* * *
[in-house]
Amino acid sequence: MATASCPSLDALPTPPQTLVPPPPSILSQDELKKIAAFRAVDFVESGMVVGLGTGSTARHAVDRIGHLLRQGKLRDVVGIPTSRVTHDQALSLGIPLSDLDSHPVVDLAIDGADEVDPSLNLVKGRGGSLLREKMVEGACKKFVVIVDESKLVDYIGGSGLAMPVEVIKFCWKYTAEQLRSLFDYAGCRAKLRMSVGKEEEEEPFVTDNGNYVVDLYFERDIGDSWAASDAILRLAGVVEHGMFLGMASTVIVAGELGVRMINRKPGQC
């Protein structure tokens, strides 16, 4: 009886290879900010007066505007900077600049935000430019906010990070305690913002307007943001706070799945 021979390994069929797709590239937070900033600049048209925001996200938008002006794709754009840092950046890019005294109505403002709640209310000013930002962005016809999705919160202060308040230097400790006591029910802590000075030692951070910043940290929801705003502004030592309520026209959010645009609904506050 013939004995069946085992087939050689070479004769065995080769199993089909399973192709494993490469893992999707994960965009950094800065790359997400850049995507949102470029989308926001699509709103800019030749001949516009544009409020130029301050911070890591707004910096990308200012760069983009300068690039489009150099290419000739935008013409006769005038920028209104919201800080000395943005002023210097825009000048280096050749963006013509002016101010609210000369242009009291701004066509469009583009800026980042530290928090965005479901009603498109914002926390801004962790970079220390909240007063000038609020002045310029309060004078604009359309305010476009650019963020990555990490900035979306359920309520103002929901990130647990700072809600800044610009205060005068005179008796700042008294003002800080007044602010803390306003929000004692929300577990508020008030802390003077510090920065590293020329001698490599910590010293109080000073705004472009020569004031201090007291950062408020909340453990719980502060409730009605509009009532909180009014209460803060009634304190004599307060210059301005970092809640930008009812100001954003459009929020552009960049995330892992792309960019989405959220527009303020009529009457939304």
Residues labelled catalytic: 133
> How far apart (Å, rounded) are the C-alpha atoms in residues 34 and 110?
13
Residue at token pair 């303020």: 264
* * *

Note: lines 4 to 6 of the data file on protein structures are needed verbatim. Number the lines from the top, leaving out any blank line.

Residues labelled catalytic: 133
> How far apart (Å, rounded) are the C-alpha atoms in residues 34 and 110?
13